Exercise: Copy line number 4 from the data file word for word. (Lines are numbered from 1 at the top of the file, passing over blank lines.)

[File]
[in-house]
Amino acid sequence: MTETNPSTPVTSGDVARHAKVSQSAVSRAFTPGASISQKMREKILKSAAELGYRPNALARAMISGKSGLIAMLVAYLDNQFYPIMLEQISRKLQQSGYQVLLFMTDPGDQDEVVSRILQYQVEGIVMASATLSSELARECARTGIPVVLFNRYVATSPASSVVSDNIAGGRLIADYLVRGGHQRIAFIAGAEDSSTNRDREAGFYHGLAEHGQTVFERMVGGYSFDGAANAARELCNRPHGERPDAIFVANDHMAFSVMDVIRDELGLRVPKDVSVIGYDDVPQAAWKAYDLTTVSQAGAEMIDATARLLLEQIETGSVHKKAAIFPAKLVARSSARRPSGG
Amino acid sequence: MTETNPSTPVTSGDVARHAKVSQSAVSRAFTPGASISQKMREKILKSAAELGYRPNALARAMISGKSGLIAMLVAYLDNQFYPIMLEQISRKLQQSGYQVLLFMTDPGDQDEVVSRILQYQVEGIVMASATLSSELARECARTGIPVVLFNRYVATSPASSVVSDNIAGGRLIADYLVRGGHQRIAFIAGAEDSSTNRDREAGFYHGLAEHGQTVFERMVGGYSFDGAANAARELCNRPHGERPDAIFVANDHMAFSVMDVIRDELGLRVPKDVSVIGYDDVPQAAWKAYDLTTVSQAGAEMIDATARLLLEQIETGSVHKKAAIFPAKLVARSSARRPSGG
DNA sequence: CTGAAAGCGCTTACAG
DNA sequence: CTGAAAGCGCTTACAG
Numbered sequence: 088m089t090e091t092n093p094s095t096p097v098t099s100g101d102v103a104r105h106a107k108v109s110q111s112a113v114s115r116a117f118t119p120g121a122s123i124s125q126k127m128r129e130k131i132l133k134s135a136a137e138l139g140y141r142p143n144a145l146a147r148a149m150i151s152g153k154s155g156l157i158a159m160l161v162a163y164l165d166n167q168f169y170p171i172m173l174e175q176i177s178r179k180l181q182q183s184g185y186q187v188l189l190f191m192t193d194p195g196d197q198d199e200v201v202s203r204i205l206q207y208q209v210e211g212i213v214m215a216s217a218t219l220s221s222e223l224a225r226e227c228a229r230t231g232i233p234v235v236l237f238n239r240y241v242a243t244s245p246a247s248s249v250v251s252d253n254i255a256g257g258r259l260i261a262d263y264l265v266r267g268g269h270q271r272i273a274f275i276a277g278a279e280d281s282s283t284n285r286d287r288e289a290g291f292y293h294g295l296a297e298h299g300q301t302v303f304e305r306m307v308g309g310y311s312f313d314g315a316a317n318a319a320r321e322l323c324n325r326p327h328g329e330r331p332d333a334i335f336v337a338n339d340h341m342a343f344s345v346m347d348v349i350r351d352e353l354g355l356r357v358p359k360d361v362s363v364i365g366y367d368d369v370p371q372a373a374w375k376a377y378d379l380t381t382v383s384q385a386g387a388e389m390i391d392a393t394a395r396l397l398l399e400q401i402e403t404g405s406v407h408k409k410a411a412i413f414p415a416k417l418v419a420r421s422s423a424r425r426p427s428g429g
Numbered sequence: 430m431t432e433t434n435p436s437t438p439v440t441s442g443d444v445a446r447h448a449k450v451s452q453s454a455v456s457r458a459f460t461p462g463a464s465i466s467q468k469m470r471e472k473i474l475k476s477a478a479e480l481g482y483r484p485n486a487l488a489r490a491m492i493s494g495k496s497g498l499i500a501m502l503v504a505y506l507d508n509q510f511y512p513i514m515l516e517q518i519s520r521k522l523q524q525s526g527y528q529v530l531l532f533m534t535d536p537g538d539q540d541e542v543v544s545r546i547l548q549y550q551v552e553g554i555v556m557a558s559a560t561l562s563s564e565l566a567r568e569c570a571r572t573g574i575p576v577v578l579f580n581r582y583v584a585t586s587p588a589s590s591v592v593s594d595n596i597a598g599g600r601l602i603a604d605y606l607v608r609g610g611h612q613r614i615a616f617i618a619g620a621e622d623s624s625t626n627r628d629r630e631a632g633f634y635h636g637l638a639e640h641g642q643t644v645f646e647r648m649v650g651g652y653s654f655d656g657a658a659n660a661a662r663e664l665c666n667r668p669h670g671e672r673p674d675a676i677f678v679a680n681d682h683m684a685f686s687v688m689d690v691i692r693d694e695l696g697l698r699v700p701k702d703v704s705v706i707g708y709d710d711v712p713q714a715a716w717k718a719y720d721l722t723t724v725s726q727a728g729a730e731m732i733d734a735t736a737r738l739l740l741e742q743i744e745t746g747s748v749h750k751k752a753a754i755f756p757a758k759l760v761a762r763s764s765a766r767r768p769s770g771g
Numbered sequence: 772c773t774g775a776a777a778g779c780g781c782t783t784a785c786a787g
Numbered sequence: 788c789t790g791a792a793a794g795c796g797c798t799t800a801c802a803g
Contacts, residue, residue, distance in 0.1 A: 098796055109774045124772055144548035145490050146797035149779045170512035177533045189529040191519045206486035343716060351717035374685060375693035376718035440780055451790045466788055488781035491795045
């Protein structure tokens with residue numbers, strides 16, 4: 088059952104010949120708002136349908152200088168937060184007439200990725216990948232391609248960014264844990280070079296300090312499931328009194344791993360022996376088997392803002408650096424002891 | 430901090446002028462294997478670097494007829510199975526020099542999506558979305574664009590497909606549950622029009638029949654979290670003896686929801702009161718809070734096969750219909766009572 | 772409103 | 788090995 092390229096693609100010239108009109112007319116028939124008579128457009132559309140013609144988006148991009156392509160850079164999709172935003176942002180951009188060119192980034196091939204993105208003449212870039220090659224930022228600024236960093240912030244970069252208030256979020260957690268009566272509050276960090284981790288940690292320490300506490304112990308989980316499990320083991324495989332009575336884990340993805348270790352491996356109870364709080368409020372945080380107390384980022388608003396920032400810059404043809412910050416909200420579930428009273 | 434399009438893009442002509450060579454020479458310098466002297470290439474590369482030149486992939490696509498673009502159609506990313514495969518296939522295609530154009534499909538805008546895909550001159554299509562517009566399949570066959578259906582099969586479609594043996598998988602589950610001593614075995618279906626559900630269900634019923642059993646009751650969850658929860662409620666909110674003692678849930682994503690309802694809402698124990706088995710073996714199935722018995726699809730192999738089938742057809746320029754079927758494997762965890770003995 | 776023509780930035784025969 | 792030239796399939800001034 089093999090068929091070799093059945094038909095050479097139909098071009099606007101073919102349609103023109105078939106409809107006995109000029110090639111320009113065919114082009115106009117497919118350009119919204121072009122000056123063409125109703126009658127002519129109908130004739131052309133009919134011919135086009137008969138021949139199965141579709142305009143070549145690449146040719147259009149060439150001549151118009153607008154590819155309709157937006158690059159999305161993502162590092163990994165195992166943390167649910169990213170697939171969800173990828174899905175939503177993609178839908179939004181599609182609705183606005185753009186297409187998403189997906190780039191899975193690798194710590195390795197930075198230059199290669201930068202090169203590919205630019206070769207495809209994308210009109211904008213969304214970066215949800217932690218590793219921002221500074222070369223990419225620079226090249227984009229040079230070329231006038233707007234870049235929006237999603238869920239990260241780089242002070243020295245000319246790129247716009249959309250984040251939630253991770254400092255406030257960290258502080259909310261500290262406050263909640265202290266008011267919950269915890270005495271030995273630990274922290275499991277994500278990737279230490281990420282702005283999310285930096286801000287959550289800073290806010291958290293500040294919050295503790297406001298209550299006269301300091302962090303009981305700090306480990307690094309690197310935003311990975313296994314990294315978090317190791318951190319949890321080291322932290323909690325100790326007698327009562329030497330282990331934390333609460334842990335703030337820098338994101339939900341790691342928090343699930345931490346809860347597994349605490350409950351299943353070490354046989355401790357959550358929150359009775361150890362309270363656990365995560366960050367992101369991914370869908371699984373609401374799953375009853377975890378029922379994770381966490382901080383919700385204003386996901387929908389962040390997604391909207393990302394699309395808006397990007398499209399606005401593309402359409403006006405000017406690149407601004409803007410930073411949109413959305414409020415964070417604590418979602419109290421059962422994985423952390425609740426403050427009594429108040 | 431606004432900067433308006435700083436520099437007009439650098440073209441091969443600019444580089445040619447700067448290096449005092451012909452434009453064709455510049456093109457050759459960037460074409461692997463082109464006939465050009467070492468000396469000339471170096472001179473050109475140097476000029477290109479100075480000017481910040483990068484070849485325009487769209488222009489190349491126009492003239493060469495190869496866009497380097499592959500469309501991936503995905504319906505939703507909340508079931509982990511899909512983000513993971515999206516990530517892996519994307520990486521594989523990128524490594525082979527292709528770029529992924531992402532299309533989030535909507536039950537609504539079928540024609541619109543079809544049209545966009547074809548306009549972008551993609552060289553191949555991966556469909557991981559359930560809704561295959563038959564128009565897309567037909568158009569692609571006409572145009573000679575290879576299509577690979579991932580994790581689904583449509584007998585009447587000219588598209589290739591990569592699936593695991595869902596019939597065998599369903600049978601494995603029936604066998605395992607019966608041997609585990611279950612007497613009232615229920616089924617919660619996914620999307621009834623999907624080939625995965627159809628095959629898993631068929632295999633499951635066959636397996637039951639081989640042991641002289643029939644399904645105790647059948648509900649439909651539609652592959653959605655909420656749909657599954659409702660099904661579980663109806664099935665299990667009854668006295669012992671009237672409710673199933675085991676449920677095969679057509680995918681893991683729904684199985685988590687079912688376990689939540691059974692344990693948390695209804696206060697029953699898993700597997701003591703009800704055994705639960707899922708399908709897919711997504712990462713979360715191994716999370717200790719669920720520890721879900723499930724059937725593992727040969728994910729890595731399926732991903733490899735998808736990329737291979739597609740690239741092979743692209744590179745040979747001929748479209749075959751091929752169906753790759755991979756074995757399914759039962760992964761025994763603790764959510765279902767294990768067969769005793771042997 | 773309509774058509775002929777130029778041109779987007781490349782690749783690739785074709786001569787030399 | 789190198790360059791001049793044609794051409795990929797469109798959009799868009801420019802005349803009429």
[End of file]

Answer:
DNA sequence: CTGAAAGCGCTTACAG